Costs and the ‘win or lose’ nature of litigation have also led the business community, from the late nineteenth century onwards, towards increased self-regulation as regards contractual disputes. Various techniques have been adopted by the business community in advance of disputes to avoid entering the litigation arena. At the mid-to high-value end of commercial transactions, contracts have become increasingly more sophisticated as lawyers seek to avoid ambiguity and so reduce the scope for dispute. Most contracts for large-scale projects now contain carefully drafted exclusion and limitation of liability provisions, geared to risk management. In addition, liquidated damages provisions which regulate the amount of compensation to be paid on occurrence of a specified breach are commonplace. This means that disputes can be settled quickly and contractual performance completed with minimal delay.

The adoption in commercial contracts of ‘escalation procedures’ is also designed to contain disputes and encourage their settlement at an early stage. Such provisions will generally provide for representatives on both sides to engage in negotiations about a dispute which has arisen within a specified time period. If discussions fail, the matter is referred to senior management, perhaps in the form of a mini-trial (see below) and, if that is unsuccessful, then to mediation. Only if all of these various processes fail will the parties resort to litigation or another form of adjudication.

The conclusion to be drawn from the above factors is that, in making a decision as to whether or not to pursue a legal claim following a breach of contract, a variety of factors will have to be taken into account. Figure 19.1 summarises the most important of these considerations. Whilst not exhaustive, Figure 19.1 illustrates that, in the real world, contractual provisions cannot be determinative of how a breach of contract is resolved. This is because it is only in an adjudicatory process, such as litigation, that these principles will be given priority. In light of the various factors mentioned above it should not be assumed that bringing legal proceedings is possible or even desirable in the majority of cases.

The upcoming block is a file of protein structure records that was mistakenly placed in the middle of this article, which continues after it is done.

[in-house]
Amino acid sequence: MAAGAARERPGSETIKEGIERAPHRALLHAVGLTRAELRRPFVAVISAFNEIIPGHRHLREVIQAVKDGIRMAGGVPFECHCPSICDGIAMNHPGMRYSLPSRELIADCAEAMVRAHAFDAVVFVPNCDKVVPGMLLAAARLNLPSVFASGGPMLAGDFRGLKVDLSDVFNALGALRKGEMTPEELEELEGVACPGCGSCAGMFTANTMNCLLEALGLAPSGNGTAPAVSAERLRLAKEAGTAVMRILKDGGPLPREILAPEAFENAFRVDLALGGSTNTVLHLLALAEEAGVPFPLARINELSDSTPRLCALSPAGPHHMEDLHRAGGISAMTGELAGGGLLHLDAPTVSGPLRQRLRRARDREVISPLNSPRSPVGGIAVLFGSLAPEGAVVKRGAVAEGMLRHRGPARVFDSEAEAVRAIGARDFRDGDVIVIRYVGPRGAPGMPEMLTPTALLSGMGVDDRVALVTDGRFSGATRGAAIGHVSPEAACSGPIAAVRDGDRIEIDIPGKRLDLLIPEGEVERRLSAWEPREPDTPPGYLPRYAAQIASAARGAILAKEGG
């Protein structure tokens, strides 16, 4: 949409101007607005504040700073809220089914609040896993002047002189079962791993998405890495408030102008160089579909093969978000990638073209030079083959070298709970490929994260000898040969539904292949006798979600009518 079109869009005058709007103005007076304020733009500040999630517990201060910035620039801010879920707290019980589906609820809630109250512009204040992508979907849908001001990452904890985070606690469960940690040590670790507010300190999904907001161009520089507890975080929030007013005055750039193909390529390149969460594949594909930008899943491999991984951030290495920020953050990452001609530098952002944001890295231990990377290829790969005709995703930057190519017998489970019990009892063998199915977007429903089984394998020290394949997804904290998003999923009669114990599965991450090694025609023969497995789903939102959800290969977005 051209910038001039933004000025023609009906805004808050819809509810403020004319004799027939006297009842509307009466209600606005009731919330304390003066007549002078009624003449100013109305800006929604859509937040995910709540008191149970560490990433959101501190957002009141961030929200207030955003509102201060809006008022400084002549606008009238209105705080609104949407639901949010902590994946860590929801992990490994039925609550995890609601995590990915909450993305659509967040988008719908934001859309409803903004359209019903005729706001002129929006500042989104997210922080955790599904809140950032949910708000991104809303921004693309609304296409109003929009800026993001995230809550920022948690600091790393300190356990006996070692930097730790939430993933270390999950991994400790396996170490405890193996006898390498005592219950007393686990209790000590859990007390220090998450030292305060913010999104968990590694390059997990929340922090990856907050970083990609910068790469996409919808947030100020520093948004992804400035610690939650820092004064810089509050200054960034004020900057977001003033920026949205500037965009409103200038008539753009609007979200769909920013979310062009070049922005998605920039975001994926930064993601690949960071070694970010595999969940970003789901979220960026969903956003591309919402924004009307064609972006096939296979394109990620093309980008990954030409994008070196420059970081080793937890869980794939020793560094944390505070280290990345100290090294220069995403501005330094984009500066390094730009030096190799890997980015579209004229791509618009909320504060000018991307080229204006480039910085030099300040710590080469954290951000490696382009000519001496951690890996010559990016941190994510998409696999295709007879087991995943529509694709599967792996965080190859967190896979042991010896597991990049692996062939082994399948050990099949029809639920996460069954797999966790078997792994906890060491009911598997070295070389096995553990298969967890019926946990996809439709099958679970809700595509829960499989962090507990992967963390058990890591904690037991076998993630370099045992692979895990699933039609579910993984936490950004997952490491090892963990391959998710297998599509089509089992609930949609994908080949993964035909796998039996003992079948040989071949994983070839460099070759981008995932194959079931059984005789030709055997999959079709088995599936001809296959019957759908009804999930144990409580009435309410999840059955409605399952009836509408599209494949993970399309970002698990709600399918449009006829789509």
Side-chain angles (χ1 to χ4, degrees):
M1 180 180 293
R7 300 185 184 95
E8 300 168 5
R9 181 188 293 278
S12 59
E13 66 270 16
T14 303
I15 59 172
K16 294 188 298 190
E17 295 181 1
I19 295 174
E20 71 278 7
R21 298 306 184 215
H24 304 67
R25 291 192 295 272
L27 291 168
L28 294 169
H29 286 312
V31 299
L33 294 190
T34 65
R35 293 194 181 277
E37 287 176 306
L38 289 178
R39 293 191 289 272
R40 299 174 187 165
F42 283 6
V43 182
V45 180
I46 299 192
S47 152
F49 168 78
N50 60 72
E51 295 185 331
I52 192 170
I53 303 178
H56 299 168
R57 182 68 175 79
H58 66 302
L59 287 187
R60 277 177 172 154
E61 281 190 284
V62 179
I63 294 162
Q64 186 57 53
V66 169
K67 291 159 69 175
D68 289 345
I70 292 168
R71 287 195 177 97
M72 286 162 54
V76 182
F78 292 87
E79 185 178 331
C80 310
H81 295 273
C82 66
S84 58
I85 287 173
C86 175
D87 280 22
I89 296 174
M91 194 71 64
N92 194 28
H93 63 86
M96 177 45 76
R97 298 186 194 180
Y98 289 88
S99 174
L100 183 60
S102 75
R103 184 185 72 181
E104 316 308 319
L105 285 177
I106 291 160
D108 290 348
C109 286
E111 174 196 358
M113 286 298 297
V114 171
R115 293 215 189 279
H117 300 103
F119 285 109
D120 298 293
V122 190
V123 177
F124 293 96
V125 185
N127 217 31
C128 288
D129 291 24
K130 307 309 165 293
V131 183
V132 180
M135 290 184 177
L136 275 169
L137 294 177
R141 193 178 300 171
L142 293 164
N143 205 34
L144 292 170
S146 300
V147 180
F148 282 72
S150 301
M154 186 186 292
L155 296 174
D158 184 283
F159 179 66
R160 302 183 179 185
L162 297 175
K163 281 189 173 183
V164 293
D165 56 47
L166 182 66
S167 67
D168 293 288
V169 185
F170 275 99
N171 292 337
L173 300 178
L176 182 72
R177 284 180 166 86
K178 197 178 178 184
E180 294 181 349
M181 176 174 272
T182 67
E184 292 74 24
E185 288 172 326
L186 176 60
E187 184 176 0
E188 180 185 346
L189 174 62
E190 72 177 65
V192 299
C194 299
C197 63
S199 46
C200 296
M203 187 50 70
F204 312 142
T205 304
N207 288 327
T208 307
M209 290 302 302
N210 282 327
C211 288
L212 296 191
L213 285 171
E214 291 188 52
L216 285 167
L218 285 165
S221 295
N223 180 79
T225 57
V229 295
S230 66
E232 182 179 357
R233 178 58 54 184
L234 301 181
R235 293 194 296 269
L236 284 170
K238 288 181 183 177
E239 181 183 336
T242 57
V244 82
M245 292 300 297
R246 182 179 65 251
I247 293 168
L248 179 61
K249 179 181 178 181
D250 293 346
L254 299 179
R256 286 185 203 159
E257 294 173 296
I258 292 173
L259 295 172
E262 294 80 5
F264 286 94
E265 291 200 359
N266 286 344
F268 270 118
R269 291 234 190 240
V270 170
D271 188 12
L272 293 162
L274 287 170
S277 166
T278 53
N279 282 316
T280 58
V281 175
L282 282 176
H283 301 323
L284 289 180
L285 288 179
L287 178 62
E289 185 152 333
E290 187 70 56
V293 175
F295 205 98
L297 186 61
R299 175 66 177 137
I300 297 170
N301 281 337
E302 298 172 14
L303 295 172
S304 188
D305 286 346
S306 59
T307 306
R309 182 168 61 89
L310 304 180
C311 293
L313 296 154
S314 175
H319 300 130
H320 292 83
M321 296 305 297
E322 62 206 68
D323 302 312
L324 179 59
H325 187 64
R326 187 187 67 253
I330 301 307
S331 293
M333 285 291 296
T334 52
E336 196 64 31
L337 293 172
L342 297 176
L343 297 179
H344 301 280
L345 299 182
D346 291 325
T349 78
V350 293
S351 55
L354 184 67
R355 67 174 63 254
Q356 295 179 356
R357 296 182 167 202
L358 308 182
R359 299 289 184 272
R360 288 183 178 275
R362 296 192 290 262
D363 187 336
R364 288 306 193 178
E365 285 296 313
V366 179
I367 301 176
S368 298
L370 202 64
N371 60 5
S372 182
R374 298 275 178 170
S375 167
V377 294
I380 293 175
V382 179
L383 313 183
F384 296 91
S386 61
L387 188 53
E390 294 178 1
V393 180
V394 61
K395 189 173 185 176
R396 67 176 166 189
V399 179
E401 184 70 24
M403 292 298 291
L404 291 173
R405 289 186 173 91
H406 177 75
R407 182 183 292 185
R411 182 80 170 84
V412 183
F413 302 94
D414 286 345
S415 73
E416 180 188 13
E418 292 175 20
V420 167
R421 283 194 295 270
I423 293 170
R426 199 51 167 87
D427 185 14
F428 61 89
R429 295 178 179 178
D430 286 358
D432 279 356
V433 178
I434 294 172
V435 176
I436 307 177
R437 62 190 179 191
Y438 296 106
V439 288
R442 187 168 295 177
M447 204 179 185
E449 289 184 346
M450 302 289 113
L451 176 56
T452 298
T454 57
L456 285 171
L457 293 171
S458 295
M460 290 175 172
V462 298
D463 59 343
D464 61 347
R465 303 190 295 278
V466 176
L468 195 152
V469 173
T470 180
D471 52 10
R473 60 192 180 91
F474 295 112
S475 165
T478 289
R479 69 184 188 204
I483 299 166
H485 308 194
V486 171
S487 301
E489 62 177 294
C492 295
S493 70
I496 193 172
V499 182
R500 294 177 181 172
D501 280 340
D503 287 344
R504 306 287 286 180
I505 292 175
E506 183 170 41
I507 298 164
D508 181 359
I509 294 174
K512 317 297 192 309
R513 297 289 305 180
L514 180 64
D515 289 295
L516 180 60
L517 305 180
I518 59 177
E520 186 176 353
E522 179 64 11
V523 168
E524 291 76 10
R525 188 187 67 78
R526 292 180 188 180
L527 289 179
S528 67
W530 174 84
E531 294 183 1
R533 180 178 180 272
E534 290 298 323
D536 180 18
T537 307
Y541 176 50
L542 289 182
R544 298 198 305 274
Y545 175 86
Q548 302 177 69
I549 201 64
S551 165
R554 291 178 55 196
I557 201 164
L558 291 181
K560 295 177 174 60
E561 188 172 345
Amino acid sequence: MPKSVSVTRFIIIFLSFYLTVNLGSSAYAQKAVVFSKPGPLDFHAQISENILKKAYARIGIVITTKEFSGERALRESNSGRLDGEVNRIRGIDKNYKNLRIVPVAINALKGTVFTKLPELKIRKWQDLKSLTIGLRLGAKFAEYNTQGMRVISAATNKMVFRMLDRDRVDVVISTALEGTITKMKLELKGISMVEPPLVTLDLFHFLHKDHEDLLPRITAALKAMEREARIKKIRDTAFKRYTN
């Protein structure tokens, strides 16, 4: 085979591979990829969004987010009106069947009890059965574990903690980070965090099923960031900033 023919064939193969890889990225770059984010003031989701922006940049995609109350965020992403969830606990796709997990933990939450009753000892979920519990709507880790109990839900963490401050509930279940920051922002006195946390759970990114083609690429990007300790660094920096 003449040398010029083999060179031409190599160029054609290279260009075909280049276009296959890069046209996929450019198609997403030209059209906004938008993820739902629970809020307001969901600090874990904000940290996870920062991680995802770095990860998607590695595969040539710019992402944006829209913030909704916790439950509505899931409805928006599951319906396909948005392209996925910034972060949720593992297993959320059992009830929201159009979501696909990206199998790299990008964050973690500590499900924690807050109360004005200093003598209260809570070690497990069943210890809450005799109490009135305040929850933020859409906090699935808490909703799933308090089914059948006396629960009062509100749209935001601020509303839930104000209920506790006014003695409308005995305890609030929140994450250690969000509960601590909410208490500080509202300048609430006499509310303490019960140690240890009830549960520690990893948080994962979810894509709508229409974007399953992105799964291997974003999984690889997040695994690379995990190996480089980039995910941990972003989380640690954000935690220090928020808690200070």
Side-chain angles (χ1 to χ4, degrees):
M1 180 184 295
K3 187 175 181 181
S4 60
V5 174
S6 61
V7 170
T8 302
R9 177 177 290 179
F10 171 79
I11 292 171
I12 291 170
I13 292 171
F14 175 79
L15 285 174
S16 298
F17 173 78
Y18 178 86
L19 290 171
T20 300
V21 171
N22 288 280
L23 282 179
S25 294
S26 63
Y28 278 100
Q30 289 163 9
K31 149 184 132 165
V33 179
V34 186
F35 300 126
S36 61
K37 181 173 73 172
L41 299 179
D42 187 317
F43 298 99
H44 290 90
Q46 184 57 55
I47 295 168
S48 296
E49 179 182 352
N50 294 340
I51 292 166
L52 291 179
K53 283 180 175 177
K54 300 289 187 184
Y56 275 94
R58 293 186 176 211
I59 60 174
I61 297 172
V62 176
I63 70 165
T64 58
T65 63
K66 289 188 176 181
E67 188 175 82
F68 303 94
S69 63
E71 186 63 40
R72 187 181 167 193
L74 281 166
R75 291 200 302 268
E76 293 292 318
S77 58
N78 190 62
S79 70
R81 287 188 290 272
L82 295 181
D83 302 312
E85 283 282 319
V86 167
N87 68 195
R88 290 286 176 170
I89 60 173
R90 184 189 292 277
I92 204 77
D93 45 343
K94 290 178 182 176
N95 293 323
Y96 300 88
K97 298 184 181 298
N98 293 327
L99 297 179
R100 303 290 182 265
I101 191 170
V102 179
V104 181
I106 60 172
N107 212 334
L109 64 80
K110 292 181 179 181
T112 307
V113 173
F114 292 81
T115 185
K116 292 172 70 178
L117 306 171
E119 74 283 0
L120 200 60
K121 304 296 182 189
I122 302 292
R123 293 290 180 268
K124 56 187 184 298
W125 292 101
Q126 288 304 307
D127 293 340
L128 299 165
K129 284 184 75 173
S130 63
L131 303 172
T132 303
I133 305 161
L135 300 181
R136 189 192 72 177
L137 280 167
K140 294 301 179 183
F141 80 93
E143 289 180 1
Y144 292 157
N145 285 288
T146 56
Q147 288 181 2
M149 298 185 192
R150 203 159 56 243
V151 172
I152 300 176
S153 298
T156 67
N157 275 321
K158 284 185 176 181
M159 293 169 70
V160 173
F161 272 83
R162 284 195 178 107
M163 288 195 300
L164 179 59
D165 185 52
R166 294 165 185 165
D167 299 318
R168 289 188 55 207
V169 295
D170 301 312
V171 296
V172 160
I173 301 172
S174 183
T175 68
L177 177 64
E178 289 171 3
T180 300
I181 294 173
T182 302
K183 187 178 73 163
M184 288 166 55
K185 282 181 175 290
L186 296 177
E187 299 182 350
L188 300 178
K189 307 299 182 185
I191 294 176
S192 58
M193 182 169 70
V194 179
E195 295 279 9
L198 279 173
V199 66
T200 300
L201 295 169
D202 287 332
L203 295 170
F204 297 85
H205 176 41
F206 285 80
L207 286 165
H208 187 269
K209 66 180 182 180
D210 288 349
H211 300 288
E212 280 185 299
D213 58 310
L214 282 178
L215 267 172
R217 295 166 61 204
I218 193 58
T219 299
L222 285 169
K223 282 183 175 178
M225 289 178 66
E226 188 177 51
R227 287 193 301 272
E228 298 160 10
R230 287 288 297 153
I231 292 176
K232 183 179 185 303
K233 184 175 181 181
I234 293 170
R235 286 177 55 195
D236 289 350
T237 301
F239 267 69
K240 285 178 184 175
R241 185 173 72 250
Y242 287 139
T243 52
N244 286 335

To the extent that an aggrieved party concludes that they do wish to pursue a claim, they must next give consideration to the best means of doing so. As explained in the opening paragraphs of this chapter, the natural inclination of most businesspeople will be to look for a quicker and cheaper form of dispute resolution than that offered by the courts, although in some circumstances the litigation process may still offer advantages over other forms of procedures. We will now turn to consider the various

Figure 19.1 : Deciding whether to make a legal claim

The strength of the legal case Is there sufficient documentary and oral evidence to establish the facts necessary to support the claim? Will the witnesses of fact make credible witnesses? How will they stand up to cross-examination? Are relevant witnesses still employed? If they have moved on will they be willing/interested in assisting in preparation of the case?
Will it be possible to obtain the expert evidence necessary to support technical points needed to prove the claim?
If successful in establishing the facts relied upon, what is the percentage chance of success of the legal arguments succeeding?
Financial factors What is the value of the claim compared to the legal costs involved in pursuing it?
What is the value of the management time that will be involved in preparation of the legal case? Can we afford to divert this time away from our business?